This 2002 photo shows the Woodhaven Road Expressway (PA 63) approaching its eastern terminus at the Delaware Expressway (I-95). (Photo by Jim K. Georges.)
A SPUR TO THE FAR NORTHEAST: In 1954, the Philadelphia City Planning Commission approved plans for Woodhaven Road, originally planned as a six-lane expressway spur connecting the proposed Delaware Expressway (I-95) in Bensalem, Bucks County with Lower Moreland Township, Montgomery County. The Woodhaven Road Expressway was to primarily serve the Far Northeast section of Philadelphia, and provide a connection between Roosevelt Boulevard (US 1) and I-95.
Work on the expressway began in 1962. The first section of Woodhaven Road from I-95 (Delaware Expressway) northwest to US 13 opened to traffic one year later. In 1966, the expressway was completed to its current stub end at Evans Street, just northwest of Roosevelt Boulevard (US 1). The expressway provides six lanes of traffic from I-95 northwest to the full-diamond interchange at Franklin Mills Boulevard-Millbrook Road, and four lanes northwest to the Roosevelt Boulevard cloverleaf interchange.
According to the Delaware Valley Regional Planning Commission (DVRPC), the Woodhaven Road Expressway carries approximately 60,000 vehicles per day (AADT).
RECENT PROJECTS ON WOODHAVEN ROAD: In 1996, EXIT 35 (PA 63 / Woodhaven Road) on the Delaware Expressway (I-95) was reconstructed to provide access to a new park-and-ride lot serving the SEPTA Cornwells Heights railroad station on the R7-Northeast Corridor line. New separate access from EXIT 36 (Cornwells Heights) was constructed directly to the park-and-ride lot.
In September 2002, PennDOT began a $10 million project to rebuild Woodhaven Road from US 13 in Bensalem Township northwest to the Evans Street terminus in Northeast Philadelphia. The project including rebuilding the shoulders and median, rehabilitating the deteriorating concrete pavement, upgrading streetlights, and resurfacing. Crews repaired and resurfaced five bridges, and erected new sound barriers along the expressway. The project was completed in May 2004.
This 2004 photo shows the eastbound Woodhaven Road (PA 63) at the Knights Road interchange in Northeast Philadelphia. (Photo by Alex Nitzman, www.aaroads.com.)
THE MISSING LINK TO MONTGOMERY COUNTY: For more than three decades, traffic exiting from Woodhaven Road has moved onto Evans Street for one block, then onto Byberry Road, a mostly residential street that has become a major east-west route by default. Only two lanes wide, Byberry Road handles as much as 40,000 vehicles per day (AADT). The rapid development of the area since the original expressway segment was built, combined with the 1989 opening of the Franklin Mills outlet mall, has brought unforeseen congestion along Byberry Road. It is in this context that the proposal to construct the Woodhaven Road Extension - which remains on long-range city and state transportation plans - has been revived in recent years.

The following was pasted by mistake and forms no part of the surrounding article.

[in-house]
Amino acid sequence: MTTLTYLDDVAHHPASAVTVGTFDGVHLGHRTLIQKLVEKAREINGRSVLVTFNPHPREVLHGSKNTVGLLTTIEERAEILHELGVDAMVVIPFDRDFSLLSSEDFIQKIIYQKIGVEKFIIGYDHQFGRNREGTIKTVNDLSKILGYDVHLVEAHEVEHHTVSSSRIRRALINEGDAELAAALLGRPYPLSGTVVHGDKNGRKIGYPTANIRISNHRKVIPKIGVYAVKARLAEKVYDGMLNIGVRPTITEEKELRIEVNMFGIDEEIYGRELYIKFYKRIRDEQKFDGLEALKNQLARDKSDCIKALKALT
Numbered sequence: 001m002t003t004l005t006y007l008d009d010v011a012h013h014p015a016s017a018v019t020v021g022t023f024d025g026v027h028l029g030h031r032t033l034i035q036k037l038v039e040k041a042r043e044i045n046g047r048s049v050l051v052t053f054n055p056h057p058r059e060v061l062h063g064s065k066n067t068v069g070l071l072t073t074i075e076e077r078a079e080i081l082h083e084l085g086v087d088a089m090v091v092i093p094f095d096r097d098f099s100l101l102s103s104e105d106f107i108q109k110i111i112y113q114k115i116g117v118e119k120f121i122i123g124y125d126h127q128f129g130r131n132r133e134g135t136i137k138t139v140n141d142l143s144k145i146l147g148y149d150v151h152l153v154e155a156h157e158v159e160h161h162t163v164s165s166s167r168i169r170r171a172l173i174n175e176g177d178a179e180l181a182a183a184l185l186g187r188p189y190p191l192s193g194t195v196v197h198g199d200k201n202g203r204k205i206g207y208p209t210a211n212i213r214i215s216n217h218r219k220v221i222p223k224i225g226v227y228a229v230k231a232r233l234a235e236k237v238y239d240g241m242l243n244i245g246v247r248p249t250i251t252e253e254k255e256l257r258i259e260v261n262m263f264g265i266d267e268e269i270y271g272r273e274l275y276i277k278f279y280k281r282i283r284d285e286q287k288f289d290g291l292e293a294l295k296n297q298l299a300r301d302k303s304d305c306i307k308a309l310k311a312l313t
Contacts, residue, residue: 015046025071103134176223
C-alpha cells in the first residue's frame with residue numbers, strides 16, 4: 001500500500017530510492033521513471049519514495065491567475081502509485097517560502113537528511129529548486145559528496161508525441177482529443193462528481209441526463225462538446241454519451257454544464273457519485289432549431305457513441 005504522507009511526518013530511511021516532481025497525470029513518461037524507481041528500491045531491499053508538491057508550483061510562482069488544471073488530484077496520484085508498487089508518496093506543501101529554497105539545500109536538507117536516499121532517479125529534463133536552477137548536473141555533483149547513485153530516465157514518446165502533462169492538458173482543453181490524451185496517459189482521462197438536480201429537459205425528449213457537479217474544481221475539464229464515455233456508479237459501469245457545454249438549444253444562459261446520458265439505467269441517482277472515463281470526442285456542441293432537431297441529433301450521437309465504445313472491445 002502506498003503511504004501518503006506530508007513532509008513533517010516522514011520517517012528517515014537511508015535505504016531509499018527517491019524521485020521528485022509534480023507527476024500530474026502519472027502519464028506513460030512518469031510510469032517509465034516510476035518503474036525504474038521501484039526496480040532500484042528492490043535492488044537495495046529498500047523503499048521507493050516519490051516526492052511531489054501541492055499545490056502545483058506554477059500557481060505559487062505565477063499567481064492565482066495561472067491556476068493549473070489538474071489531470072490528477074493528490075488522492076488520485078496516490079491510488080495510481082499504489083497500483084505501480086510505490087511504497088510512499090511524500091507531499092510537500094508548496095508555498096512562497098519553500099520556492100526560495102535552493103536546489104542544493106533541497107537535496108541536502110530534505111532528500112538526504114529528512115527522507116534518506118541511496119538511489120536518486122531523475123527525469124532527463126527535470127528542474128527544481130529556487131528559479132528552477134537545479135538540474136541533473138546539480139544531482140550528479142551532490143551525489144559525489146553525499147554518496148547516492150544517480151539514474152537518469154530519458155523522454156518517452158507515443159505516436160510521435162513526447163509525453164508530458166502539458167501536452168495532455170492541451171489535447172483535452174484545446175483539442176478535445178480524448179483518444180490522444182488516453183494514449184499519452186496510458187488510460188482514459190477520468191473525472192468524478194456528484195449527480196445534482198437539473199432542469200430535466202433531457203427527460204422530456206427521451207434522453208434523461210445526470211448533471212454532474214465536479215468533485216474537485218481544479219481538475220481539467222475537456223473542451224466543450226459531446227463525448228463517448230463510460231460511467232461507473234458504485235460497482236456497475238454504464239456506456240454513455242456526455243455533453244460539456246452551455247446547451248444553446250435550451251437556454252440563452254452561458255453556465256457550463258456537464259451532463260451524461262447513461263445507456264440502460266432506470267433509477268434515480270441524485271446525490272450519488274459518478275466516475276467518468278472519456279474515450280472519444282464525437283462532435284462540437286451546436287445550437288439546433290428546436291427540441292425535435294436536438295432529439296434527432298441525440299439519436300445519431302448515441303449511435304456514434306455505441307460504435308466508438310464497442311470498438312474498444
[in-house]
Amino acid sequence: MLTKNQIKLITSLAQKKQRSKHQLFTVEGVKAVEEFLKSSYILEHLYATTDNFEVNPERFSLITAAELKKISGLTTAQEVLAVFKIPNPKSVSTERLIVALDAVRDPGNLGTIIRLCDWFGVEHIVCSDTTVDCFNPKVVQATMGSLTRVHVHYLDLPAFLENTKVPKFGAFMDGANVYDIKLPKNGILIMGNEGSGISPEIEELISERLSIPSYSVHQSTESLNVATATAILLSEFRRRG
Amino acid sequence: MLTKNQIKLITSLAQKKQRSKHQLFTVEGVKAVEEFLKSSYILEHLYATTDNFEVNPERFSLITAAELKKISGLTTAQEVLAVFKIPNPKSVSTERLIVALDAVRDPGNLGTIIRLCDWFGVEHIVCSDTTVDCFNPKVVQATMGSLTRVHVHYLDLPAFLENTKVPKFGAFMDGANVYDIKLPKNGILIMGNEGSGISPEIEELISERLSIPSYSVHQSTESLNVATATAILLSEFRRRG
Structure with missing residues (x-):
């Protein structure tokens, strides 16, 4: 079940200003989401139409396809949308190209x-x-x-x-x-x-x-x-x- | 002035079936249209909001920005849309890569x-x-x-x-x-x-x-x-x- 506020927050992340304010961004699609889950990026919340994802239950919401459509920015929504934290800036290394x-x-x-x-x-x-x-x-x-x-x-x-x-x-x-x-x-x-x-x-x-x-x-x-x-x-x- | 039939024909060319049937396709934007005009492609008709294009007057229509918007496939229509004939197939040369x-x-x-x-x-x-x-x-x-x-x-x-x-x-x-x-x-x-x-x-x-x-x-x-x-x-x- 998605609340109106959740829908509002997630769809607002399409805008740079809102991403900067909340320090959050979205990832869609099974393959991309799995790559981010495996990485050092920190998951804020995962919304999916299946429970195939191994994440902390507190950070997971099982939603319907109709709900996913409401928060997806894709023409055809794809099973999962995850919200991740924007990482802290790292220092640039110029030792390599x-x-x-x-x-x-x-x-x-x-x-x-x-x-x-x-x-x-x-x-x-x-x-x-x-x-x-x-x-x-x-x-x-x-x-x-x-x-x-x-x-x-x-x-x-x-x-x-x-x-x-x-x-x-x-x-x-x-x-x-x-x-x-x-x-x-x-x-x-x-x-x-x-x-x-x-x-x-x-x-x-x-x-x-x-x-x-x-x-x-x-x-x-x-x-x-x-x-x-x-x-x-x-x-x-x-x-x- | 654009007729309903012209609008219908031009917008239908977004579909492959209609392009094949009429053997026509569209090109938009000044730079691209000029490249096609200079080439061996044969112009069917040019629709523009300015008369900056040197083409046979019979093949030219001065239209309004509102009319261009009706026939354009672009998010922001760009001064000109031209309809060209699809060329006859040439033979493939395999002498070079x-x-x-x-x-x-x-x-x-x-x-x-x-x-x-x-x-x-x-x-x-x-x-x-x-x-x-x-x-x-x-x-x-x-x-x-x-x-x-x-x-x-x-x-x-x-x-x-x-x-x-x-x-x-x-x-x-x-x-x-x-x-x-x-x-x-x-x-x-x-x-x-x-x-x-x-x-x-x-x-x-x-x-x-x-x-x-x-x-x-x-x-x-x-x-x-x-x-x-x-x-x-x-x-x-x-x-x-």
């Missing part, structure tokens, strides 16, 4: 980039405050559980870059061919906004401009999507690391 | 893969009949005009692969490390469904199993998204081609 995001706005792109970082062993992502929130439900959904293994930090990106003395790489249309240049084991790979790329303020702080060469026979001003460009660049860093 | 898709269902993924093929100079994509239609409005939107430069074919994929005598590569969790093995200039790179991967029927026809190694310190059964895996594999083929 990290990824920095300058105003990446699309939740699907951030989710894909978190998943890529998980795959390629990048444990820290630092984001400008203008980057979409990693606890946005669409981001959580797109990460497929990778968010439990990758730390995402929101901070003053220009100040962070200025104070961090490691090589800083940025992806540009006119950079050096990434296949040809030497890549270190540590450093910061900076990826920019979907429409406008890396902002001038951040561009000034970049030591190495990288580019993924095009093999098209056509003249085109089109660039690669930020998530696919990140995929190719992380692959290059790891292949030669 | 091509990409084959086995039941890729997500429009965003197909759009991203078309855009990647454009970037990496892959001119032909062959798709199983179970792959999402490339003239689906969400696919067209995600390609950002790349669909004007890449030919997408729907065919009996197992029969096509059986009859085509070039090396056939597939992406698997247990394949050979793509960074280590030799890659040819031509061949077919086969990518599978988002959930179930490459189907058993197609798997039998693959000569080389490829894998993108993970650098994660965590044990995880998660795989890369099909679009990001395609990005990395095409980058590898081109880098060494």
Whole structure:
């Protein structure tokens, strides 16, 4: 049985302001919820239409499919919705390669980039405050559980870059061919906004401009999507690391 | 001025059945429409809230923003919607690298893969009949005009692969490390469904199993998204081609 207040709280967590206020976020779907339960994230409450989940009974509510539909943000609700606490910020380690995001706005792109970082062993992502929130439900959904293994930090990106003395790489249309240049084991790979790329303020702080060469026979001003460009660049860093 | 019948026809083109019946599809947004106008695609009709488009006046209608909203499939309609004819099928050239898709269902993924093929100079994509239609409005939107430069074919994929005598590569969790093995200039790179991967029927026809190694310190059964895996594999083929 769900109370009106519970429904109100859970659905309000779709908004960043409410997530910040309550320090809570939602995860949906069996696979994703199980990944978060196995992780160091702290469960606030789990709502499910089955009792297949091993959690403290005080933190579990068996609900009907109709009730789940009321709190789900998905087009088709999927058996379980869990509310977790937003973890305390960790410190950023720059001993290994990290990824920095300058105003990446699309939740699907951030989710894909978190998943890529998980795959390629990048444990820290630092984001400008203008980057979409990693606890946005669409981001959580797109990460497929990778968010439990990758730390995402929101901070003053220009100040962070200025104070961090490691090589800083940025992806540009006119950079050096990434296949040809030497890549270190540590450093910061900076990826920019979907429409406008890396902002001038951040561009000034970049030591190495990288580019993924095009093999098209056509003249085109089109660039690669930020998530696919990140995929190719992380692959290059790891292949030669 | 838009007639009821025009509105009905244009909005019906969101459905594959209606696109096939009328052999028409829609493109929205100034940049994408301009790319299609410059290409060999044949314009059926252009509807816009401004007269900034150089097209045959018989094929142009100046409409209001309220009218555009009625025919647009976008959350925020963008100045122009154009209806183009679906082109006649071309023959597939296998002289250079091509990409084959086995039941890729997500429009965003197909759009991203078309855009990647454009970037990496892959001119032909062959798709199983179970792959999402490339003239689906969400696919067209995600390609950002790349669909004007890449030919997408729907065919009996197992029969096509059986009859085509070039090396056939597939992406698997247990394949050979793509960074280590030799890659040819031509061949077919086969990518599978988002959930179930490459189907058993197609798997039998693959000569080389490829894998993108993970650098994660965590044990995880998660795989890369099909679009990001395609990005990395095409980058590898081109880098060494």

According to plans developed by the Philadelphia City Planning Commission and the DVRPC, the Woodhaven Road Extension was to continue northwest to the intersection of Byberry Road and Philmont Avenue in Lower Moreland Township, Montgomery County (near Forest Hills Cemetery). A full-diamond interchange was to be constructed at Bustleton Avenue (PA 532). The Federal Highway Administration (FHWA) approved the extension in 1968.
In preparation for the 2.3-mile-long extension, the Pennsylvania Department of Transportation (PennDOT) condemned land in the community of Somerton, and in the process, tore down 28 homes. In draft environmental impact statements written between 1977 and 1979, PennDOT contended that the Woodhaven Road Extension would not have adverse effects on the environment, and subsequently, the FHWA permitted construction. However, given the fiscally restrictive environment of the late 1970's, as well as intense opposition from homeowners in Lower Moreland Township, who feared that traffic from the western terminus of the expressway would be dumped onto local roads, PennDOT halted all work on the project.
When economic conditions improved in the early 1980's, PennDOT revived the Woodhaven Road Extension, and presented its original findings to Federal authorities. This time, however, Federal authorities rejected the findings. Because of new development in the area, and the onset of stricter environmental and community impact regulations, the FHWA mandated that PennDOT develop a new environmental impact statement for the project.
In 1988, relief along Byberry Road appeared in sight when PennDOT announced that it would build the first stage of the project, a 1.5-mile-long, four-lane expressway extension west to Bustleton Avenue. The extension was to open by 1992, but objections from the Westwood subdivision near Bustleton Avenue (where PennDOT had acquired land for the right-of-way in the 1970's) upheld the project. Further northwest, officials in Lower Moreland Township warned that Byberry Road and Philmont Avenue would not be able to handle the increased traffic from the proposed terminus if the second stage of the project, a 0.8-mile-long extension, were completed.
Despite these protests, most residents continued to push for the Woodhaven Road Extension. In the absence of the extension, residents argued that the parallel Byberry Road would need to be expanded, resulting in a loss of historic properties adjoining the road. Furthermore, heavy traffic has caused the Byberry Road bridge over the CSX-Conrail tracks to deteriorate.
This map shows the alternative for the extension of the Woodhaven Road Expressway (PA 63). Under this alternative, three local roads -- Byberry Road, County Line Road, and Huntingdon Pike (PA 232) -- would also be widened. The alternative also includes a number of intersection improvements. (Map by Pennsylvania Department of Transportation.)
REVIVING THE WOODHAVEN EXTENSION: With local support growing among residents and local officials for the Woodhaven Road Extension, both PennDOT (which removed the extension from long-range plans in 1996) and the DVRPC have recently recommended its construction as part of its region-wide transportation improvement plan.
During public hearings held throughout 2002 and 2003, PennDOT presented the following five alternatives: